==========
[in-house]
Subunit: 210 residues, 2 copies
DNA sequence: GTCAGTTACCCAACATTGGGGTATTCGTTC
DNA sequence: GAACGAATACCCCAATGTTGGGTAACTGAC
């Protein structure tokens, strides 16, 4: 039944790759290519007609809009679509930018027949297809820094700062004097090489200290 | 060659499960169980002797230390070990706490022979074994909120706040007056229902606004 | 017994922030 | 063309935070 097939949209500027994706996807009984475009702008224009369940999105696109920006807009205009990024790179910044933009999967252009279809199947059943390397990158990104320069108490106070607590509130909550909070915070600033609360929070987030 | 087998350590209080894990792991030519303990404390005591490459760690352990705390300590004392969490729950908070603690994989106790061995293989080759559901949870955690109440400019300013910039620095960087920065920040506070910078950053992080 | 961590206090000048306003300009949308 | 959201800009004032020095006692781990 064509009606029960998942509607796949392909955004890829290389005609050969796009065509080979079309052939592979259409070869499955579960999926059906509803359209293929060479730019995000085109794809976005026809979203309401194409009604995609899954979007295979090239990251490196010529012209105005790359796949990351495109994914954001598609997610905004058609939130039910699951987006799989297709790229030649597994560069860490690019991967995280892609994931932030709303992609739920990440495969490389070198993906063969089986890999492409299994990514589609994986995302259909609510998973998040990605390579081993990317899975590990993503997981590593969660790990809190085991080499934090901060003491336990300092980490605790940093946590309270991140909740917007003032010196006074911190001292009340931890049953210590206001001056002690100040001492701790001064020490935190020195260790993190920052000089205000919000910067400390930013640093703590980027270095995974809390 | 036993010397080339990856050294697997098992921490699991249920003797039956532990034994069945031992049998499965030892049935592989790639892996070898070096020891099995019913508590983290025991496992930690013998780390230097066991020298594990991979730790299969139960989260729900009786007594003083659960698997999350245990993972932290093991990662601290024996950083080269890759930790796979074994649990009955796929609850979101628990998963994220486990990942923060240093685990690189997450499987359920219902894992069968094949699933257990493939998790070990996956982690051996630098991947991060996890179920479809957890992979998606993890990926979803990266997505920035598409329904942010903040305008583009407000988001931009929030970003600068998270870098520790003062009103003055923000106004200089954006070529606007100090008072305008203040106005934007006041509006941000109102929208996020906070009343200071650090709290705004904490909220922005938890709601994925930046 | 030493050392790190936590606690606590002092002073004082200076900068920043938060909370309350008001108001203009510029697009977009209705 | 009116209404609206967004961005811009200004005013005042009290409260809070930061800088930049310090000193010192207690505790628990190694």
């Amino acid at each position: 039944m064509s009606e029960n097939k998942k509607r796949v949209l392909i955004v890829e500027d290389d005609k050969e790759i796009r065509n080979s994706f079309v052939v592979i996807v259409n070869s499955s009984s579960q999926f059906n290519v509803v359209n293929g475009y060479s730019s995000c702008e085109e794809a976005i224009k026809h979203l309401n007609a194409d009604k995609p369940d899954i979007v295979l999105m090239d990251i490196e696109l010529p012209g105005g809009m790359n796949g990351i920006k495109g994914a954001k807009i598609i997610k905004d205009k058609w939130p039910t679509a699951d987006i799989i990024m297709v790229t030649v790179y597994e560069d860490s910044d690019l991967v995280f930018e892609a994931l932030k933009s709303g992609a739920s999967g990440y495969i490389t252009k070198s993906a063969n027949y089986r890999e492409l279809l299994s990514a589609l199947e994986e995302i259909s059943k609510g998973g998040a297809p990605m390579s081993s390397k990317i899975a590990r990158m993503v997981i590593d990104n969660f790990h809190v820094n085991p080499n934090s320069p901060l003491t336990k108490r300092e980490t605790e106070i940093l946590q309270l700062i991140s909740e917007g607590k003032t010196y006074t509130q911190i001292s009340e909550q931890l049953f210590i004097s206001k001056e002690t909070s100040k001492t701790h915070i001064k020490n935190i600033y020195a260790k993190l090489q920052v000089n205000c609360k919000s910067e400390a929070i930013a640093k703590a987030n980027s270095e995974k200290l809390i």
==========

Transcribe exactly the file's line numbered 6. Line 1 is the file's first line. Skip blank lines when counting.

């Amino acid at each position: 039944m064509s009606e029960n097939k998942k509607r796949v949209l392909i955004v890829e500027d290389d005609k050969e790759i796009r065509n080979s994706f079309v052939v592979i996807v259409n070869s499955s009984s579960q999926f059906n290519v509803v359209n293929g475009y060479s730019s995000c702008e085109e794809a976005i224009k026809h979203l309401n007609a194409d009604k995609p369940d899954i979007v295979l999105m090239d990251i490196e696109l010529p012209g105005g809009m790359n796949g990351i920006k495109g994914a954001k807009i598609i997610k905004d205009k058609w939130p039910t679509a699951d987006i799989i990024m297709v790229t030649v790179y597994e560069d860490s910044d690019l991967v995280f930018e892609a994931l932030k933009s709303g992609a739920s999967g990440y495969i490389t252009k070198s993906a063969n027949y089986r890999e492409l279809l299994s990514a589609l199947e994986e995302i259909s059943k609510g998973g998040a297809p990605m390579s081993s390397k990317i899975a590990r990158m993503v997981i590593d990104n969660f790990h809190v820094n085991p080499n934090s320069p901060l003491t336990k108490r300092e980490t605790e106070i940093l946590q309270l700062i991140s909740e917007g607590k003032t010196y006074t509130q911190i001292s009340e909550q931890l049953f210590i004097s206001k001056e002690t909070s100040k001492t701790h915070i001064k020490n935190i600033y020195a260790k993190l090489q920052v000089n205000c609360k919000s910067e400390a929070i930013a640093k703590a987030n980027s270095e995974k200290l809390i």